Around Christmas time I urge all to remember Christ and what he did for us all. We owe everything to him and I am realizing that a little more each day. I try every day to stop thinking about myself and focus on the work ahead and the reasons I'm doing it. It can be hard to forget ourselves. So, every day try to do one thing that you can completely say you did for someone else other than yourself. Jesus watches those acts as you serve your brothers and sisters and he appreciates them much more than you even know. I get to talk to some family back home this Christmas and I am very much appreciative of that opportunity; but, as I am sure it will happen every time, I will wish that I will have more time.

Today, the Tagalog lesson that I will impart to you all is about Focus. I won’t delve into it too much because it is useless to try to understand within a few weeks – let alone a few minutes. But it is in teaching that I learn better, so suffer me this. Basically focus is something that exists in Tagalog and it is all about what you want to emphasize in a sentence. In Tagalog, there are only three tenses: the Past, Present, and Future. The problem is, you have different types of conjugations for different verbs and they dictate what you focus on in the sentence. So in English you may say "We read the book to him" but the problem is, in Tagalog that word for "Read" could be conjugated three different ways based on if you wanted to emphasize: WHO was reading, WHAT they were reading, or TO WHOM was being read. Basically it is really dumb and it makes sentences really hard to form without thinking a lot about what you want to say.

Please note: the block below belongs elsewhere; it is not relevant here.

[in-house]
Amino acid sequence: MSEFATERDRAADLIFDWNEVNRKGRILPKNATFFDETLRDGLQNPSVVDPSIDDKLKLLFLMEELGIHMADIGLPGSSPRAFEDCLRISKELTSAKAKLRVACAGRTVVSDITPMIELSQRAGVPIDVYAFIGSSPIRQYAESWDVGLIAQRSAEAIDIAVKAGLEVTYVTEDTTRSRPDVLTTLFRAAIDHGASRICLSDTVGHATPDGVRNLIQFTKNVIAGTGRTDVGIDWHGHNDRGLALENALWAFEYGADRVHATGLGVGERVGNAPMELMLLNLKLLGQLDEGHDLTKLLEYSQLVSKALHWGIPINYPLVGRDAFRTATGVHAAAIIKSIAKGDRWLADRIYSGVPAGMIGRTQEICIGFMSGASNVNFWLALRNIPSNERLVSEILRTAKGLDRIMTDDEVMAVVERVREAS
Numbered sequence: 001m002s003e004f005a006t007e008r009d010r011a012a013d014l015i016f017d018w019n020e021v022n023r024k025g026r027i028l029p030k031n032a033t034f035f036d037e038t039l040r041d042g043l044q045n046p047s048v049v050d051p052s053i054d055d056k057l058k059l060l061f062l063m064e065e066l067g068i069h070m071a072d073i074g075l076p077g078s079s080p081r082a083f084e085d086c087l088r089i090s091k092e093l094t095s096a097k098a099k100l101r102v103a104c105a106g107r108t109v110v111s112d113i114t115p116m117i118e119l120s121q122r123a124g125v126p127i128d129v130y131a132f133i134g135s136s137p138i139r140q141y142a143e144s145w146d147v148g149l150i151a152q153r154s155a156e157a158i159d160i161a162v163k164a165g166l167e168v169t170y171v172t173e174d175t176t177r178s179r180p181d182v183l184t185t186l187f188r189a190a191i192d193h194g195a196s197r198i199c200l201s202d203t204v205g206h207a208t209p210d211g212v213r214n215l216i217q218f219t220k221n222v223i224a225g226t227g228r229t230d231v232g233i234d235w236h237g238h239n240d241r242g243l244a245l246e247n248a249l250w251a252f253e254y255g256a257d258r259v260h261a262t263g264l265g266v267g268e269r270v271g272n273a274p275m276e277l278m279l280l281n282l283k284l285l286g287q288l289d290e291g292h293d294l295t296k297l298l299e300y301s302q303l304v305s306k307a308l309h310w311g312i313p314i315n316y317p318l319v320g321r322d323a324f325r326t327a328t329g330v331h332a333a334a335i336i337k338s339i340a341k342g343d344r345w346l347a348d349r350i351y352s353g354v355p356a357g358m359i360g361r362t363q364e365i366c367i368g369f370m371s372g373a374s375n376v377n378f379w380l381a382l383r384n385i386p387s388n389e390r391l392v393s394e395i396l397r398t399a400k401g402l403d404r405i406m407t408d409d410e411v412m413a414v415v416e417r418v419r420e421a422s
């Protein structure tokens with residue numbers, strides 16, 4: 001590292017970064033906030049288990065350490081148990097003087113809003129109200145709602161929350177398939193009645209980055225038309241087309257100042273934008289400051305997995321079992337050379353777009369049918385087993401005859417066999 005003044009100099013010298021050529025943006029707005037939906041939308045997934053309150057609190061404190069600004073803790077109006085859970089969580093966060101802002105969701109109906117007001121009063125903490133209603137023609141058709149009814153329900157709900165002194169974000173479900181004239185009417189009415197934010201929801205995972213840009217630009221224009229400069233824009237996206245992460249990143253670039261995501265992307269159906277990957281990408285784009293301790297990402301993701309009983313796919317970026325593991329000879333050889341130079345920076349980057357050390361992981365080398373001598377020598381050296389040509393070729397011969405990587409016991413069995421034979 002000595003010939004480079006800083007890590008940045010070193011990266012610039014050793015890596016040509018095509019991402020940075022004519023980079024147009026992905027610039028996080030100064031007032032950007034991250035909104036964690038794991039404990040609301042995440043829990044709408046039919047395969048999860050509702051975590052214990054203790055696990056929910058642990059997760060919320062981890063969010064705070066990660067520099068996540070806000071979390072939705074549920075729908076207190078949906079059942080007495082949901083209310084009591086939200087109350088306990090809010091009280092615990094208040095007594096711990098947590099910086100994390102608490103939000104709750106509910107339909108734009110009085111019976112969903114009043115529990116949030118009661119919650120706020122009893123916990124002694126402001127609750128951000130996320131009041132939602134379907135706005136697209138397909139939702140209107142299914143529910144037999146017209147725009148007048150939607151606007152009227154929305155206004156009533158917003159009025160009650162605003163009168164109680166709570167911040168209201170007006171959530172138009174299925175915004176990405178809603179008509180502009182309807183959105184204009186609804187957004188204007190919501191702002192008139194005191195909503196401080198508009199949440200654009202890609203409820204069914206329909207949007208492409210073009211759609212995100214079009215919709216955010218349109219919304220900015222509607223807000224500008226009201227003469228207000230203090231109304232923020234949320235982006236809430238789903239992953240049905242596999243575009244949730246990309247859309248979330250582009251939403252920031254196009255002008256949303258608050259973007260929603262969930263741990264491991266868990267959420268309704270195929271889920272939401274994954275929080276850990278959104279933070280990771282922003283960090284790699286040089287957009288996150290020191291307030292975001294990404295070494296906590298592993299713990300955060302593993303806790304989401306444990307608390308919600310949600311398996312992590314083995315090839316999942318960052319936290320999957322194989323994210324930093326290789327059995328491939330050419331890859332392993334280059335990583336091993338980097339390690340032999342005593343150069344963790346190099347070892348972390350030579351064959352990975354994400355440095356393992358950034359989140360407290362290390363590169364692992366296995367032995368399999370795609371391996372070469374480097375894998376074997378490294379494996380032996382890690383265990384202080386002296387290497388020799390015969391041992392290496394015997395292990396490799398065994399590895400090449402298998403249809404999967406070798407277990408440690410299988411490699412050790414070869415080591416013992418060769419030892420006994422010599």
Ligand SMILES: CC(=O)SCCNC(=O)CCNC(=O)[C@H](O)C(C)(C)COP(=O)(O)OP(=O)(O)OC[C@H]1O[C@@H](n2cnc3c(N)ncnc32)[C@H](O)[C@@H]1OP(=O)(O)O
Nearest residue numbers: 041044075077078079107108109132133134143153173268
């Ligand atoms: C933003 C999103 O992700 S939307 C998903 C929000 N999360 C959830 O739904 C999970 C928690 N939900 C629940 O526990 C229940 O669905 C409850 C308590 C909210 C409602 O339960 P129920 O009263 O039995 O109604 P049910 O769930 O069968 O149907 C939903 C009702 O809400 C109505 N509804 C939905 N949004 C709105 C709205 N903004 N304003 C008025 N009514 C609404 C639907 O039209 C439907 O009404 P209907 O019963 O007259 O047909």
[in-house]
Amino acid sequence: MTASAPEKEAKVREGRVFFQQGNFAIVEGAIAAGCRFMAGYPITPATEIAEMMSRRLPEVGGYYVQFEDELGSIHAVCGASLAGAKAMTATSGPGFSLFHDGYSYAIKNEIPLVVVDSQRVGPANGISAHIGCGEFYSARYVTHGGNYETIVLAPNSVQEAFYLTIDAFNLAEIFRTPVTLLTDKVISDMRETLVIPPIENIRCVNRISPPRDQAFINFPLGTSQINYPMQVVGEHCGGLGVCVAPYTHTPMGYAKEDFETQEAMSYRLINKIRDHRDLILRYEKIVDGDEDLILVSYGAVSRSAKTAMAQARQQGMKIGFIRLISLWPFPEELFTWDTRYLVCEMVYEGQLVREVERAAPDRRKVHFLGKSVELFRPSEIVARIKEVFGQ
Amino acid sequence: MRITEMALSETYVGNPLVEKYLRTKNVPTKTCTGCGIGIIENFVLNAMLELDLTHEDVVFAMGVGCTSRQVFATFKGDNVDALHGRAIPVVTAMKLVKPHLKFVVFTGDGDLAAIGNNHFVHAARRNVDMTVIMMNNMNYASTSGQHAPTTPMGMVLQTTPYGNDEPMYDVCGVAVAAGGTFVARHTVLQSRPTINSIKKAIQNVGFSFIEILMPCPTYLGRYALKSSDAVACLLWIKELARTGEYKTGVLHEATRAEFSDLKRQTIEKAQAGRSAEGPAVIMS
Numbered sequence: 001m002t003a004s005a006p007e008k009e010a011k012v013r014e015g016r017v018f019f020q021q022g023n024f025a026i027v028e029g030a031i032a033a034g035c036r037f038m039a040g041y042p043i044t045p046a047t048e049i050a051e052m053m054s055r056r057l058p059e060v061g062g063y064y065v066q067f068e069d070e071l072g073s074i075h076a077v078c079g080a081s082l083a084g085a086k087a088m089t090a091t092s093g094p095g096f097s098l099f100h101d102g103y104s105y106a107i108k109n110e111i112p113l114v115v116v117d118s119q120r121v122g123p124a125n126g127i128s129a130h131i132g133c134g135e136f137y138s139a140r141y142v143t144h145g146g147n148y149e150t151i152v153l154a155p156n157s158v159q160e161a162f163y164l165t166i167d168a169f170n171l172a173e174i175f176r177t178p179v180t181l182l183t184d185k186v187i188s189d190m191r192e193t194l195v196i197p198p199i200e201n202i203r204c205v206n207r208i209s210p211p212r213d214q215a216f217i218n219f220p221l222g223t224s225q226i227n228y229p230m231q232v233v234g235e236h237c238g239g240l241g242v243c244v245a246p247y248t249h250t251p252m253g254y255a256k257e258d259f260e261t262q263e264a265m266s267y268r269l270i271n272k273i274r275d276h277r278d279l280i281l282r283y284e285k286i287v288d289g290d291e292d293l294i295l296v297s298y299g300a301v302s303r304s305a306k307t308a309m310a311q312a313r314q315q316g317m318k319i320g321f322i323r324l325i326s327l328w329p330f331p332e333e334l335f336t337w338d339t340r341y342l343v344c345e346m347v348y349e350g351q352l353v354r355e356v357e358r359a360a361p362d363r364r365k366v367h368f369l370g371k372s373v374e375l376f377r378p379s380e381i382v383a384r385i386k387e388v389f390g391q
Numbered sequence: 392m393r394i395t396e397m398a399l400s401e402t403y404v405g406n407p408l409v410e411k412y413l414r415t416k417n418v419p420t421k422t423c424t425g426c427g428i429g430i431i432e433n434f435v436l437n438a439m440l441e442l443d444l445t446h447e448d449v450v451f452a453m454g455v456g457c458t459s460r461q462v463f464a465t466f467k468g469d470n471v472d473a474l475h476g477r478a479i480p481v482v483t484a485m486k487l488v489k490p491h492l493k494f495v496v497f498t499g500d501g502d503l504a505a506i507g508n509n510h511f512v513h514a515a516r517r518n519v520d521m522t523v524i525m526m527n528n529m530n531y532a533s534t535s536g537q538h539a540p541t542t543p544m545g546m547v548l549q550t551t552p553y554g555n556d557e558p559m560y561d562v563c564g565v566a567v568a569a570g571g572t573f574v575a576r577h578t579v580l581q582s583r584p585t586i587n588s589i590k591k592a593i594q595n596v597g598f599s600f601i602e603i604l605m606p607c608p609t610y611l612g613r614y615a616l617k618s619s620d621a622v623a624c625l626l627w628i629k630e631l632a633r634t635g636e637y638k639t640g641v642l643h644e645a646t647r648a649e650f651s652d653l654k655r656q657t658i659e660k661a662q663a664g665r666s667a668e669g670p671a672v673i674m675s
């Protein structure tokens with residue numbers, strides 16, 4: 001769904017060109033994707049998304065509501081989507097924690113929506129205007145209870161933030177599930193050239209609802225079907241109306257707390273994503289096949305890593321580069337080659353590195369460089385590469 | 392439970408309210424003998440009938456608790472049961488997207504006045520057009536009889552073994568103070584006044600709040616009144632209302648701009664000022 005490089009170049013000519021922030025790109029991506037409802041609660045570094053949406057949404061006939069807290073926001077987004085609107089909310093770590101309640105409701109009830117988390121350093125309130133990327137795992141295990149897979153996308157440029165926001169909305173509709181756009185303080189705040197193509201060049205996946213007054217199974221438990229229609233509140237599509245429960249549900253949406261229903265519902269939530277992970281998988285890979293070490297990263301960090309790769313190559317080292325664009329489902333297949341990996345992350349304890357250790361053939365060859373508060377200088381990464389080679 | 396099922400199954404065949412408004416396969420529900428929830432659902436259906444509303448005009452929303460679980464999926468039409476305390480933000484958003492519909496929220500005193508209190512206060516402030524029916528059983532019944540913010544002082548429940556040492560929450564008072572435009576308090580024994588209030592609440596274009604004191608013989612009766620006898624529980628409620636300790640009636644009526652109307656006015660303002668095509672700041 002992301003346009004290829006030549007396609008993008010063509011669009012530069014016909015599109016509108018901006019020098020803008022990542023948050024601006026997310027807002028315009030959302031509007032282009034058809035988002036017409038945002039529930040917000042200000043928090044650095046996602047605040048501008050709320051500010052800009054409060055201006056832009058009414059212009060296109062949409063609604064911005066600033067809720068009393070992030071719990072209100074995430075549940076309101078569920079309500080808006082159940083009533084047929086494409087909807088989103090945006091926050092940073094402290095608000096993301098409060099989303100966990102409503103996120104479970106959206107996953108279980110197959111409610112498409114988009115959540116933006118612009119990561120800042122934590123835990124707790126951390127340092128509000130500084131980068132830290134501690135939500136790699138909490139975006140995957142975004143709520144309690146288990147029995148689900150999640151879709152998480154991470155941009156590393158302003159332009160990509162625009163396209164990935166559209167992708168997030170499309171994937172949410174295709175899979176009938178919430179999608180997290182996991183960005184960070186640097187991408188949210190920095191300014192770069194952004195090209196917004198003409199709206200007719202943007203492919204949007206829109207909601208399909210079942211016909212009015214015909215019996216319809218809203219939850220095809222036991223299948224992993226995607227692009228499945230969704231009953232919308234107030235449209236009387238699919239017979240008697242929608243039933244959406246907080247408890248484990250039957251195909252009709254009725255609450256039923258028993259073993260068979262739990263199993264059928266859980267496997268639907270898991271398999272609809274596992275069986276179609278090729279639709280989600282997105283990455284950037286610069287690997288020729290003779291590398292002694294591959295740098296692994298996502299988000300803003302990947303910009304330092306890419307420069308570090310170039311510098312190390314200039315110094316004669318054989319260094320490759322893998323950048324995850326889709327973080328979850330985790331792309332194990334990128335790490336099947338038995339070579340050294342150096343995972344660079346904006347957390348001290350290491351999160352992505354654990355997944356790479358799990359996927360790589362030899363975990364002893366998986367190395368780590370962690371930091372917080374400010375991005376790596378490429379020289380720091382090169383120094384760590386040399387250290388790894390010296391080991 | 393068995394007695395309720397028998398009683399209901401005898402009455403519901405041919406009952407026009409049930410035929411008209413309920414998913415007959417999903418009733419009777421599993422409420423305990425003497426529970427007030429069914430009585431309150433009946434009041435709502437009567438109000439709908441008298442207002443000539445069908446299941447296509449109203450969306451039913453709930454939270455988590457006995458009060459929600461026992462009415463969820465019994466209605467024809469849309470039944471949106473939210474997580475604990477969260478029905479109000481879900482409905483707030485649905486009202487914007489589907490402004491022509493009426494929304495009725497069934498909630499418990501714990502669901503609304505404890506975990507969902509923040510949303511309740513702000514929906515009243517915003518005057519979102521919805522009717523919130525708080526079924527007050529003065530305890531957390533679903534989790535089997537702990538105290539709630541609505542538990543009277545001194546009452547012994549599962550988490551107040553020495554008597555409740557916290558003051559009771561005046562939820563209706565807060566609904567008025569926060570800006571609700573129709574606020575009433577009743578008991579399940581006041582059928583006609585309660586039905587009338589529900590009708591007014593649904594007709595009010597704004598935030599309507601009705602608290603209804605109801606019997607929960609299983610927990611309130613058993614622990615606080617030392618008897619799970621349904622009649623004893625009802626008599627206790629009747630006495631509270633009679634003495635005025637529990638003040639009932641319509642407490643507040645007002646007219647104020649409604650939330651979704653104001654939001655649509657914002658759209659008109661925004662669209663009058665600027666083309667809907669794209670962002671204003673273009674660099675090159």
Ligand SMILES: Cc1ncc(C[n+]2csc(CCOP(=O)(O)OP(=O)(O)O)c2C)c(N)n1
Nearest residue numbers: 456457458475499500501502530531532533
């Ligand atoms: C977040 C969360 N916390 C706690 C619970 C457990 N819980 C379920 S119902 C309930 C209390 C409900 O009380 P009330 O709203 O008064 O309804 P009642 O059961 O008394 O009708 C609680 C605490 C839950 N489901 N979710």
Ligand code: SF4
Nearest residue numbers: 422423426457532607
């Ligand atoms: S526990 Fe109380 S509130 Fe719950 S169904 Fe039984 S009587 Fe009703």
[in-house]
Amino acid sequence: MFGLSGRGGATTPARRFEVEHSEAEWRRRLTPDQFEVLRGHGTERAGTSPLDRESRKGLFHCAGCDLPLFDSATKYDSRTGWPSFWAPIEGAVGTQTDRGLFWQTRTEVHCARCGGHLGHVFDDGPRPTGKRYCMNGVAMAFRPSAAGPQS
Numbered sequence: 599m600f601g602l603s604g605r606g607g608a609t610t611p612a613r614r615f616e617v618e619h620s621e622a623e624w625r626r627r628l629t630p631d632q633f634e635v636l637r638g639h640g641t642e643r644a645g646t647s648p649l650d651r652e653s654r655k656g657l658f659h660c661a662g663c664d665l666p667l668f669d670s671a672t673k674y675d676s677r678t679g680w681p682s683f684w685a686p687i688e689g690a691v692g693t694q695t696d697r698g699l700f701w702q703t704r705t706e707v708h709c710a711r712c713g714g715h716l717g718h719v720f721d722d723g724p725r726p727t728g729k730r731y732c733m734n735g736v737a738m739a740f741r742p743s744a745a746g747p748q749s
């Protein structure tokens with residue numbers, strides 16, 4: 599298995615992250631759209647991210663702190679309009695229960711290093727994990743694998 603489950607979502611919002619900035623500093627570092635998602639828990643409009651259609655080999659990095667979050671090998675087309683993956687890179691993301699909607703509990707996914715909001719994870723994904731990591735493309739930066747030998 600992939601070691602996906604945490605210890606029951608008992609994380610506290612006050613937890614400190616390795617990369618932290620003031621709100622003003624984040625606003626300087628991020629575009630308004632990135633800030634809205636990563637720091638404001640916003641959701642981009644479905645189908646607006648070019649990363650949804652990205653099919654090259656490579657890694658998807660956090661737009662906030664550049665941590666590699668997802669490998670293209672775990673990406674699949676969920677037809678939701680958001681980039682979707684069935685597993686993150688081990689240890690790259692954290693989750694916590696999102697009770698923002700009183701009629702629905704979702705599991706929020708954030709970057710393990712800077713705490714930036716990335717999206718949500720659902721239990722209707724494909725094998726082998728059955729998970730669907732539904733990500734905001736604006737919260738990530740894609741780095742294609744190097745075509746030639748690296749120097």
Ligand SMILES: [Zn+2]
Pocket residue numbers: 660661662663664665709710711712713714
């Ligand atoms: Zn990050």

Anyways thanks for listening to my rambling about everything. I think I may start prewriting my emails throughout the week so that I can respond to people individually more and not run over time. Also, I got a camera so I may try to get pictures up next week.


Elder Faulkner

Wednesday, December 7, 2016

Rice and Ulam

Rice is the main thing we eat here. We have a word for things that go on rice; that word is Ulam. It doesn’t really matter what it is that goes on the rice, it could be soy sauce, vegetables, or meat – or any combination of anything. That is Ulam.

This week has been a pretty strong learning experience for me. I have realized the power in teaching with Unity. Some of the lessons that my comp and I have taught this week have been the best lessons we have taught ever; and it is all because we both open our mouths and work off what the other says. 

We went to the temple today, as is standard of P-days, and it was a wonderful learning experience as well – you learn a lot there.

Today all of the RTMs, or “Regular Training Missionaries”, left; along with the Senior Batch (those that were here when I arrived and were learning the language). That means that for the next week the two language training missionary (LTMs) districts are the senior batch. It is a humbling feeling knowing in three weeks I will be out teaching for real.